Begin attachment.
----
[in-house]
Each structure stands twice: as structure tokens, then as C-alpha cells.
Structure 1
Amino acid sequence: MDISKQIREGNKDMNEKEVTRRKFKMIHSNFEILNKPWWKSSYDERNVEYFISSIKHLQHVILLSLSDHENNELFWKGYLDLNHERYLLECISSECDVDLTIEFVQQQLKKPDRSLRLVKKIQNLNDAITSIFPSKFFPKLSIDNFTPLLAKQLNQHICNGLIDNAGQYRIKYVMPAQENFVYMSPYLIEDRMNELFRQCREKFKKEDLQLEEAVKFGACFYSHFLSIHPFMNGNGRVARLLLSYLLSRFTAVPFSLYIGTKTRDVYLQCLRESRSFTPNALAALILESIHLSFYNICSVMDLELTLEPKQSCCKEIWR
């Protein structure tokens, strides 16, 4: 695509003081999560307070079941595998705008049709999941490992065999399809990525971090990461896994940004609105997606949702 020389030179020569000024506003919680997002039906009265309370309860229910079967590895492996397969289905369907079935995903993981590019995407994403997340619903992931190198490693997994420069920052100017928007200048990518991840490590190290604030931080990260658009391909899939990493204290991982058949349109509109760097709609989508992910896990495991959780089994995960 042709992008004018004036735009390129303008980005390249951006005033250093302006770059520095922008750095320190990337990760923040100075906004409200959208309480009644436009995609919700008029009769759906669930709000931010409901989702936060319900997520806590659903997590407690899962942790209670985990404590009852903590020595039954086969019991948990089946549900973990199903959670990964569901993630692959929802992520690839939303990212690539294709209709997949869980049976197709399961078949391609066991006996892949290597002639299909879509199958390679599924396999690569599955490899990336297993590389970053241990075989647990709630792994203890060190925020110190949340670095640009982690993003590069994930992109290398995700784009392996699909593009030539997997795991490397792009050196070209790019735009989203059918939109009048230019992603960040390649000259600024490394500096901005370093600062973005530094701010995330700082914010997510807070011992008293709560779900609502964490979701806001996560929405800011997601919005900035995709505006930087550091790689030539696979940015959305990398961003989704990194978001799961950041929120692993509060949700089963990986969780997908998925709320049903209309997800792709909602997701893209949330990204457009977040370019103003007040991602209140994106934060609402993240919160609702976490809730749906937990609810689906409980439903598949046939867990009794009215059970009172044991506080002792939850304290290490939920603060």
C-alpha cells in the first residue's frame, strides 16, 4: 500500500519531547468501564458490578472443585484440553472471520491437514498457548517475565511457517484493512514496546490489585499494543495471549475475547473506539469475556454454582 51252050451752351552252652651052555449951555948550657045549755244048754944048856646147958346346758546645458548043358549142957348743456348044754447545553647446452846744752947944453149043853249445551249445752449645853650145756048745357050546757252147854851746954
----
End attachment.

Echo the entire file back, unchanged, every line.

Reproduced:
[in-house]
Each structure stands twice: as structure tokens, then as C-alpha cells.
Structure 1
Amino acid sequence: MDISKQIREGNKDMNEKEVTRRKFKMIHSNFEILNKPWWKSSYDERNVEYFISSIKHLQHVILLSLSDHENNELFWKGYLDLNHERYLLECISSECDVDLTIEFVQQQLKKPDRSLRLVKKIQNLNDAITSIFPSKFFPKLSIDNFTPLLAKQLNQHICNGLIDNAGQYRIKYVMPAQENFVYMSPYLIEDRMNELFRQCREKFKKEDLQLEEAVKFGACFYSHFLSIHPFMNGNGRVARLLLSYLLSRFTAVPFSLYIGTKTRDVYLQCLRESRSFTPNALAALILESIHLSFYNICSVMDLELTLEPKQSCCKEIWR
């Protein structure tokens, strides 16, 4: 695509003081999560307070079941595998705008049709999941490992065999399809990525971090990461896994940004609105997606949702 020389030179020569000024506003919680997002039906009265309370309860229910079967590895492996397969289905369907079935995903993981590019995407994403997340619903992931190198490693997994420069920052100017928007200048990518991840490590190290604030931080990260658009391909899939990493204290991982058949349109509109760097709609989508992910896990495991959780089994995960 042709992008004018004036735009390129303008980005390249951006005033250093302006770059520095922008750095320190990337990760923040100075906004409200959208309480009644436009995609919700008029009769759906669930709000931010409901989702936060319900997520806590659903997590407690899962942790209670985990404590009852903590020595039954086969019991948990089946549900973990199903959670990964569901993630692959929802992520690839939303990212690539294709209709997949869980049976197709399961078949391609066991006996892949290597002639299909879509199958390679599924396999690569599955490899990336297993590389970053241990075989647990709630792994203890060190925020110190949340670095640009982690993003590069994930992109290398995700784009392996699909593009030539997997795991490397792009050196070209790019735009989203059918939109009048230019992603960040390649000259600024490394500096901005370093600062973005530094701010995330700082914010997510807070011992008293709560779900609502964490979701806001996560929405800011997601919005900035995709505006930087550091790689030539696979940015959305990398961003989704990194978001799961950041929120692993509060949700089963990986969780997908998925709320049903209309997800792709909602997701893209949330990204457009977040370019103003007040991602209140994106934060609402993240919160609702976490809730749906937990609810689906409980439903598949046939867990009794009215059970009172044991506080002792939850304290290490939920603060």
C-alpha cells in the first residue's frame, strides 16, 4: 500500500519531547468501564458490578472443585484440553472471520491437514498457548517475565511457517484493512514496546490489585499494543495471549475475547473506539469475556454454582 51252050451752351552252652651052555449951555948550657045549755244048754944048856646147958346346758546645458548043358549142957348743456348044754447545553647446452846744752947944453149043853249445551249445752449645853650145756048745357050546757252147854851746954